The Experiential Learning Theories of Drs. Alice and David Kolb

  • Nov 3, 2021
  • Jeff Papa, Ph.D., MRJ Editor-in-Chief
Mensa Research Journal Vol. 52, No. 3

On behalf of the Editorial Board, staff, and contributors to the Mensa Research Journal, I would like to take this opportunity to thank you for your interest in reading and continued sponsorship.

Our Fall 2021 issue of the MRJ begins with background information regarding the MRJ Editorial Advisory Board (EAB) members. Members of the EAB are subject-matter experts who work hard to analyze, review, and produce content for the MRJ and are rarely recognized outside of their listing on our masthead. We would like to take this opportunity to share their backgrounds with you and to recognize their contributions.

Of course, the MRJ would also like to thank Marie Mayer for her dedicated service. Marie recently completed her service on the Mensa Foundation Board of Trustees, where she previously served as Trustee, Vice President, and President. Marie stepped in as Interim Editor of the MRJ and spent two years of dedicated service in that role.

The articles in this issue focus on the experiential learning theories of Dr. David Kolb and Dr. Alice Kolb (i.e the Kolbs). The Experiential Learning Cycle, as described by the authors, is a four-step cycle of learning that applies experiencing, reflecting, thinking, and acting in a recursive loop. In other words, learning is aided when the learner has an actual experience and then reflects upon that experience, thinks about the experience and reflection in an abstract manner to form new or improved concepts, and then takes action to experiment with or confirm these ideas. The process then begins anew with a fresh, concrete experience, and the cycle repeats. This cycle can occur in different ways, depending on the individual learner. This depends to some extent on the preferred learning methods of the student: Imagining, Experiencing, Analyzing, Reflecting, Deciding, Thinking, Initiating, Acting, and Balancing are all possible avenues for learning within this recursive cycle.

We begin with an article from the Kolbs on utilizing experiential learning theory in higher education. This article explains the concept and its application in higher education. The next three articles examine the use of experiential learning theory in different fields: customer journey mapping, science teaching methodology, and entrepreneurial learning from failure. We then conclude with an additional short article by the Kolbs, entitled “Eight Important Things to Know About the Experiential Learning Cycle.” By reading these articles, one can learn the foundational concepts in great detail, learn about their application in various fields, and then refresh with the highlights of the theory in a more condensed format.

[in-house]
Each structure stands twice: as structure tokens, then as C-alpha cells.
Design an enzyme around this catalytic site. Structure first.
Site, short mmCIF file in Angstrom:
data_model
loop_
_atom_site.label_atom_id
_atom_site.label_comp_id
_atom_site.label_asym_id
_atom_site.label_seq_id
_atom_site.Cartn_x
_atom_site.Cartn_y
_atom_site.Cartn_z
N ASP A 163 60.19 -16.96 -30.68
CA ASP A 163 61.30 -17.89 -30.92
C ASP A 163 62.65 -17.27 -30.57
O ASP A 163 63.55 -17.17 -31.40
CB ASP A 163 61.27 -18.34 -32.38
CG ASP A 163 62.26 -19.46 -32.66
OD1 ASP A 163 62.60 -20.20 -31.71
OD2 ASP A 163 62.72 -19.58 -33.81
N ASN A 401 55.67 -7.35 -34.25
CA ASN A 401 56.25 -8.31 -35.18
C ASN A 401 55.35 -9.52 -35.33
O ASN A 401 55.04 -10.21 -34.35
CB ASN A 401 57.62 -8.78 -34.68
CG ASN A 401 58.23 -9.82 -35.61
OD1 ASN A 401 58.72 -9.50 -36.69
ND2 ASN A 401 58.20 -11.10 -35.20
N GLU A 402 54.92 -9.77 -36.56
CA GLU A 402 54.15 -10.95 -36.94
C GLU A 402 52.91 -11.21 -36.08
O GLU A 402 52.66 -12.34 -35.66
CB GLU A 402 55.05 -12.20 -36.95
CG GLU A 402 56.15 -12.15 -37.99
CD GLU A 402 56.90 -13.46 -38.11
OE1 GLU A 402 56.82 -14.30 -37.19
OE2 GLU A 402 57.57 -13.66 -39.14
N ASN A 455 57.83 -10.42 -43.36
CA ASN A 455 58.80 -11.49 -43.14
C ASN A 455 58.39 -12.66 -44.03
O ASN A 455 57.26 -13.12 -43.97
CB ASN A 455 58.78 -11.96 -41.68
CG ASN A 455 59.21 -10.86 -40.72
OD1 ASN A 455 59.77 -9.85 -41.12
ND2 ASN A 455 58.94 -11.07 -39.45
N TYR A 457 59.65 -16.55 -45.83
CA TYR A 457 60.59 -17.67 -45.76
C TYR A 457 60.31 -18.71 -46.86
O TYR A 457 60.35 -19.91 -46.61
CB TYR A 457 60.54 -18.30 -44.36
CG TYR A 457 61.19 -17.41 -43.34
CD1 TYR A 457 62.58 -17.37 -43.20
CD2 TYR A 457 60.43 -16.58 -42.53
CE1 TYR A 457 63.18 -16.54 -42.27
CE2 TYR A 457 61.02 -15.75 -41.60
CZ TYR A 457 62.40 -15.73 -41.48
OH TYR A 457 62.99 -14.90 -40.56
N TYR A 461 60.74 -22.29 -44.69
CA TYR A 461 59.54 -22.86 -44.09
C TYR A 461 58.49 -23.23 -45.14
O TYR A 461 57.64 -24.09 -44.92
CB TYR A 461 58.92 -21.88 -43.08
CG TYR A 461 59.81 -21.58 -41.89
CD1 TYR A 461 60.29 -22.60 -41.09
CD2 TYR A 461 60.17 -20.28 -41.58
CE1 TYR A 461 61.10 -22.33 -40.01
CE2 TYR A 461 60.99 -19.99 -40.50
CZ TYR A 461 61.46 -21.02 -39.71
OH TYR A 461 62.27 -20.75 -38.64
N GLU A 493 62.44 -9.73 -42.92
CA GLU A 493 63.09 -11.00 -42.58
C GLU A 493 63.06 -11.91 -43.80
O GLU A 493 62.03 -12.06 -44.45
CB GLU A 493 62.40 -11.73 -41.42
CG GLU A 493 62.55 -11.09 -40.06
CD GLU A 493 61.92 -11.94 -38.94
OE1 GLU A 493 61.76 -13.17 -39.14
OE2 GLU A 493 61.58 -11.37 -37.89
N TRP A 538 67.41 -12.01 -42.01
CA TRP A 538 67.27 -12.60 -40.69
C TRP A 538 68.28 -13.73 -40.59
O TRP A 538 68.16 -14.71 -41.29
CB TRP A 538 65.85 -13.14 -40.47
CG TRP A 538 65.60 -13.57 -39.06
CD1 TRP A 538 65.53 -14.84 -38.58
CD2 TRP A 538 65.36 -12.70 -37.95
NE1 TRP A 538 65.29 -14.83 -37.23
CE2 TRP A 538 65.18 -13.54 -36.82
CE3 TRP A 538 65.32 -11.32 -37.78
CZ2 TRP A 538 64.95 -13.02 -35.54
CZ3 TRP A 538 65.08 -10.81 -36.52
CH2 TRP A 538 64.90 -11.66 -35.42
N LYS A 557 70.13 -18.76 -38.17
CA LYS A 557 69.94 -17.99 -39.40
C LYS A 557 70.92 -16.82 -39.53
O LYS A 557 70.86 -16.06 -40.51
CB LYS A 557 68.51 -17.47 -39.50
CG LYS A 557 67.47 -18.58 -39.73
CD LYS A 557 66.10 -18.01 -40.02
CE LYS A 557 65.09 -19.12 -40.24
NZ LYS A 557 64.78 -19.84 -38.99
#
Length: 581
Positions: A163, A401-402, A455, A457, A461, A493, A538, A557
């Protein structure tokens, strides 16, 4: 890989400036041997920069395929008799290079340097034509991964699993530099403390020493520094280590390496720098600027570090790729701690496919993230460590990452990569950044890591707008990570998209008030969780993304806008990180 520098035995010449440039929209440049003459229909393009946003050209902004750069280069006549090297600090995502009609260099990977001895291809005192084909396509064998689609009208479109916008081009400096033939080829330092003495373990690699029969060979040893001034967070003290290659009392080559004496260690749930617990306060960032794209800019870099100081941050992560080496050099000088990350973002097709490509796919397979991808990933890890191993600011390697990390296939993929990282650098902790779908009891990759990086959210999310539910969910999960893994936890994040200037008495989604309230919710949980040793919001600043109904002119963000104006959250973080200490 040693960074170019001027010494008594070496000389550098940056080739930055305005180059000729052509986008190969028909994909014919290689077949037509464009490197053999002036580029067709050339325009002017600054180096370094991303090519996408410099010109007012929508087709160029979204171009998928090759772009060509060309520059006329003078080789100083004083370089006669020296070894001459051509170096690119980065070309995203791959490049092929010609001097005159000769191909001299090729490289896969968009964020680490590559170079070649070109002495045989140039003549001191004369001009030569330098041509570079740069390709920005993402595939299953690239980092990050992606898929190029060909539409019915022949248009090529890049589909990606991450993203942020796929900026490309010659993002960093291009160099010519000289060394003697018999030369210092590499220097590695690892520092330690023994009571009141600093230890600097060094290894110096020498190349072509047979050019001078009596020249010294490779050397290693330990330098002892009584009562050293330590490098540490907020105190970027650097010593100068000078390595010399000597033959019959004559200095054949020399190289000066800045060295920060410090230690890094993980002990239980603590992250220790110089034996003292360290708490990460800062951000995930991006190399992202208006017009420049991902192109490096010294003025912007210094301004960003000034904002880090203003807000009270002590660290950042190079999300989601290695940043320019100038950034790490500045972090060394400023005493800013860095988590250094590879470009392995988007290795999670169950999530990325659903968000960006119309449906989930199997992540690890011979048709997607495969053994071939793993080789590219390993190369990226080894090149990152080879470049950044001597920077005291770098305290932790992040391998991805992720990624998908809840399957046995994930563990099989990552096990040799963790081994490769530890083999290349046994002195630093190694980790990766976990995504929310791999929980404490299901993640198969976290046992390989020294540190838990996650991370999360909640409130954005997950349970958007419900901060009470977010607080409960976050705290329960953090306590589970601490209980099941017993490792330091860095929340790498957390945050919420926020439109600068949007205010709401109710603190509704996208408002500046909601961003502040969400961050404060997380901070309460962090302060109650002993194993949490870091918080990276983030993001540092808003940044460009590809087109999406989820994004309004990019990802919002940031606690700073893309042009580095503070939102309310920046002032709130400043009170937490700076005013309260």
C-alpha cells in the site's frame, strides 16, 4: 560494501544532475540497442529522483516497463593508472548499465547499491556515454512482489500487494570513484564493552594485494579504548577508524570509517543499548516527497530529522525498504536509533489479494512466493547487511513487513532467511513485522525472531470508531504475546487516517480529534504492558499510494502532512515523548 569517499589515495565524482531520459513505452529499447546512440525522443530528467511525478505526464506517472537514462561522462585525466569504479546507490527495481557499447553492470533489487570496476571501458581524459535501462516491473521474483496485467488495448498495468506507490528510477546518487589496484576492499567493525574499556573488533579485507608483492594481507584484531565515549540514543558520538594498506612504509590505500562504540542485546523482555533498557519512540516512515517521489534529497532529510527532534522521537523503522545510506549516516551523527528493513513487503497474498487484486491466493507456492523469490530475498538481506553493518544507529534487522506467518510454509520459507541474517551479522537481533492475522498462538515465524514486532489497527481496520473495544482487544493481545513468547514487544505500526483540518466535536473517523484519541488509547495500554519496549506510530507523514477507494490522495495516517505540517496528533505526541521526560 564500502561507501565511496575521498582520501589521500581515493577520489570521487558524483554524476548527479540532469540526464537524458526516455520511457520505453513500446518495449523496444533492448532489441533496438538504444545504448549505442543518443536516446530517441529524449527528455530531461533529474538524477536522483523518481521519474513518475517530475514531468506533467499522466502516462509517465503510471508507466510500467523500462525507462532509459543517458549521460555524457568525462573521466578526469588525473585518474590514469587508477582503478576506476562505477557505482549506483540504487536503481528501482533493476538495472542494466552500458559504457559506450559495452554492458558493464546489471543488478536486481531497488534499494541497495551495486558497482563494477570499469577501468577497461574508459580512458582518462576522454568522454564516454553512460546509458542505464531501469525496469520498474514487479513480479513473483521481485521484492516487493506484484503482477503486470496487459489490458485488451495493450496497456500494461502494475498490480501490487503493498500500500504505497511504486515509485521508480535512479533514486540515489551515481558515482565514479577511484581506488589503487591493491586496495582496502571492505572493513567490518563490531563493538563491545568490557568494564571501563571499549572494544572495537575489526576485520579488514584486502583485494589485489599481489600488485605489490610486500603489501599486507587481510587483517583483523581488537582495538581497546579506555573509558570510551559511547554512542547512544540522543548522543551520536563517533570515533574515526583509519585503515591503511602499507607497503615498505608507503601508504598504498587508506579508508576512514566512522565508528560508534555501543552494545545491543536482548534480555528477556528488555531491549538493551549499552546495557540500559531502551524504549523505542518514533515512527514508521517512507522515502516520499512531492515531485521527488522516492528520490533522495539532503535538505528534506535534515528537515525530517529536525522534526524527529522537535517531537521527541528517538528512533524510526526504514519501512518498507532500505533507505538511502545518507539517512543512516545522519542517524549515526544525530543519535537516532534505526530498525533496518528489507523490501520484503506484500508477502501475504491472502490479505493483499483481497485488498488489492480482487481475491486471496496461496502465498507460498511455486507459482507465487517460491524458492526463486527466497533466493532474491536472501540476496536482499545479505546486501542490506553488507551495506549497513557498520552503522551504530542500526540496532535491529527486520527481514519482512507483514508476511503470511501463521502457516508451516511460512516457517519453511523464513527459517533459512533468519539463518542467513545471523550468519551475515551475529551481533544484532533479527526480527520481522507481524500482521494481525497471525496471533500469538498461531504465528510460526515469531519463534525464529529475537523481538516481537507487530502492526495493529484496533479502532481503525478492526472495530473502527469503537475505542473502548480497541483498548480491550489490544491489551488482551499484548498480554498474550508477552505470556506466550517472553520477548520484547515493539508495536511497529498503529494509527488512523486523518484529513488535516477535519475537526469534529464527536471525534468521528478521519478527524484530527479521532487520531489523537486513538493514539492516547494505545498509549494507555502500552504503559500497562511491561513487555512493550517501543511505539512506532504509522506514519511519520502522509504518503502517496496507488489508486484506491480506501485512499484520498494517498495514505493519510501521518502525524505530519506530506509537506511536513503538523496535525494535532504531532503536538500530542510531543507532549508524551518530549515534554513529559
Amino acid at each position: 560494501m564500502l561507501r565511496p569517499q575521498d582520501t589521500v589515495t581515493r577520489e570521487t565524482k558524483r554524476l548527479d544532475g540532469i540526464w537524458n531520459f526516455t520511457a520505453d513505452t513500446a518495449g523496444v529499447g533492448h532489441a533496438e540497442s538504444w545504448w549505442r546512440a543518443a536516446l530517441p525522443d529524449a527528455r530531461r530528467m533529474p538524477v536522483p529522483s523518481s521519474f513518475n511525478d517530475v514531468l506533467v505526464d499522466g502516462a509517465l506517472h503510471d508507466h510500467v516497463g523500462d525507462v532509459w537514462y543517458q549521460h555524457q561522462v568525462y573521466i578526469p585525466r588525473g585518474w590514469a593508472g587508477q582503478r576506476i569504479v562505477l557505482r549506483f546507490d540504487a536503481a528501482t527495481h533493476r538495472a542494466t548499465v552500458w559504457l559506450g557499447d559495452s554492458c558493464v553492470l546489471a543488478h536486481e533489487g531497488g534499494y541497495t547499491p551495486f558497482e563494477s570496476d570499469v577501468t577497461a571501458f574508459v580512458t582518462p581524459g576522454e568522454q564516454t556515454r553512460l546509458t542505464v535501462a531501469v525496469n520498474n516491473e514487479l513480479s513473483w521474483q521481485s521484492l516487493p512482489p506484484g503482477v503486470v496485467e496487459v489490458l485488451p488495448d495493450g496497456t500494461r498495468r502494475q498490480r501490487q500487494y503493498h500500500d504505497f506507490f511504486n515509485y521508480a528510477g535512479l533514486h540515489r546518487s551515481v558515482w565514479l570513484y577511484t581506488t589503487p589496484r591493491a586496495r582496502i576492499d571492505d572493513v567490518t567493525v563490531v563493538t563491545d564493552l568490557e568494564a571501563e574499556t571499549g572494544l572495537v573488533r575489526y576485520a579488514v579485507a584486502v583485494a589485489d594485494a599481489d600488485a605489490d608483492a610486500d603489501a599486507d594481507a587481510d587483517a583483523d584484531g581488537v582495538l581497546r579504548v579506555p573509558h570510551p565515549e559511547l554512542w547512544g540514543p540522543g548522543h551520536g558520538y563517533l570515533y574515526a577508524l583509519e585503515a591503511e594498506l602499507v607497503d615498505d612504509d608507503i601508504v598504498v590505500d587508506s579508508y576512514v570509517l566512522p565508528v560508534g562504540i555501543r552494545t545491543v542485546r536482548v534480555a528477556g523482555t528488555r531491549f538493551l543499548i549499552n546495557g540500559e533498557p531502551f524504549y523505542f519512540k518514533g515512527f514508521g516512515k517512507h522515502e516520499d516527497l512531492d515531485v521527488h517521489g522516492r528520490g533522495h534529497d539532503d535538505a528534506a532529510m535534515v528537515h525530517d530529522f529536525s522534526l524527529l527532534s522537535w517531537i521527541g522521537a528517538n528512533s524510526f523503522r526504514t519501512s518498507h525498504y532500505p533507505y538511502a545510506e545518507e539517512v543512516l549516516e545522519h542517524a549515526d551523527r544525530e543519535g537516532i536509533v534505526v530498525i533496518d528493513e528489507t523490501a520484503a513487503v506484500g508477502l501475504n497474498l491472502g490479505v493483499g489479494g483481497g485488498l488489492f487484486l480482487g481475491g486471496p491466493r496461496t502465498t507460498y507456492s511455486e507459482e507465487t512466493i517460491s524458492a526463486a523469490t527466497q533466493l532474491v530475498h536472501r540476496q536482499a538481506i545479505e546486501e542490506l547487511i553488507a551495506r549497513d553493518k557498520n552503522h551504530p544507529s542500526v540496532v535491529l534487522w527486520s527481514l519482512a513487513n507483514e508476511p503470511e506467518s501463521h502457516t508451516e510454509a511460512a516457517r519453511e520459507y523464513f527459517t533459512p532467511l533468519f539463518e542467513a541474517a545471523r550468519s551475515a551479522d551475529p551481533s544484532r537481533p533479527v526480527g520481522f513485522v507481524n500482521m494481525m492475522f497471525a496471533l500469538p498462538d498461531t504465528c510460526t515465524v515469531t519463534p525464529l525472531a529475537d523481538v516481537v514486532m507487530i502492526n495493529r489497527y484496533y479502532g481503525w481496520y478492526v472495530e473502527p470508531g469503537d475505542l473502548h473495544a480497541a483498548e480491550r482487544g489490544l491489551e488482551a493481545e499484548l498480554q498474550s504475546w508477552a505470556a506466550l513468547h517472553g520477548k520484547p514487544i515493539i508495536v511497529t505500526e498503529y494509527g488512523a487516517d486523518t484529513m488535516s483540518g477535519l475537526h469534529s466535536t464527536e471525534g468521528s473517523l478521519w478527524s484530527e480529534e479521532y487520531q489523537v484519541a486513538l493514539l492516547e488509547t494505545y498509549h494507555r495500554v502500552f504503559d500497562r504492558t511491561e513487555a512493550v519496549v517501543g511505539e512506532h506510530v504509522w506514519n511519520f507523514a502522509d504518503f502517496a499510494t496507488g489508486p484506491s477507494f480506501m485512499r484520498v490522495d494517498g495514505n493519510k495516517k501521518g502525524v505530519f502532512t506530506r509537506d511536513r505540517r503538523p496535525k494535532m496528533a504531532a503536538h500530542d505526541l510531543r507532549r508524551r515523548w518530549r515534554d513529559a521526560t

The Kolb experiential learning cycle is the most widely recognized and used concept in Experiential Learning Theory. The simplicity and usefulness of the four-stage cycle of experiencing, reflecting, thinking and acting is the main reason for its popularity.

For those readers who may wish to learn more about the work of Drs. Kolb and Kolb, they offer video content explaining these concepts in great detail. Another interesting article building on the Kolbs’ work that you may wish to read is “Reverse Bloom: A New Hybrid Approach to Experiential Learning for a New World,” which can be found in the December 2020 issue of the Journal of Education, Innovation, and Communication. You may also enjoy reading “Understanding the Onset of Hot Streaks Across Artistic, Cultural, and Scientific Careers,” which can be found online in the journal Nature Communications.

This issue of the MRJ also includes an in-depth review by our EAB Chair, Dr. Ryan Donlan, of the 2021 book A Thousand Brains: A New Theory of Intelligence. Longtime contributor Dr. Fran Cartier recently retired from contributing his entertaining and informative Notes, Quotes, and Anecdotes column in the MRJ. In this issue, we share a tribute to Dr. Cartier and his many career accomplishments with our appreciation for his longtime service. This issue also includes the latest Mensa Foundation news, as well as the new Random Samples and Standard Deviations column. This new column will pass along interesting information and short references to groundbreaking research.

This is the first issue of the MRJ produced with direction from my new role as Editor-in-Chief, alongside new EAB Chair Ryan Donlan, Ed.D. In preparation for these roles, we spent a great deal of time reviewing past issues, asking questions of professionals who have been involved with the MRJ, observing and discussing the MRJ with Past Interim Editor Marie Mayer, and reviewing past reader input and suggestions. Our goal is to continue to produce an interesting, informative, quality journal, building upon its foundation of thought excellence and continually working to enhance the MRJ with your input.

We invite you to enjoy the Fall 2021 MRJ. Thank you for reading, and please contact us with any feedback or suggestions you may have — including topics that you might find interesting or impactful!

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Published three times yearly, the Mensa Research Journal highlights scholarly articles and recent research related to intelligence from a diverse selection of nationally and internationally esteemed authors. Learn more about the MRJ and subscribe today.

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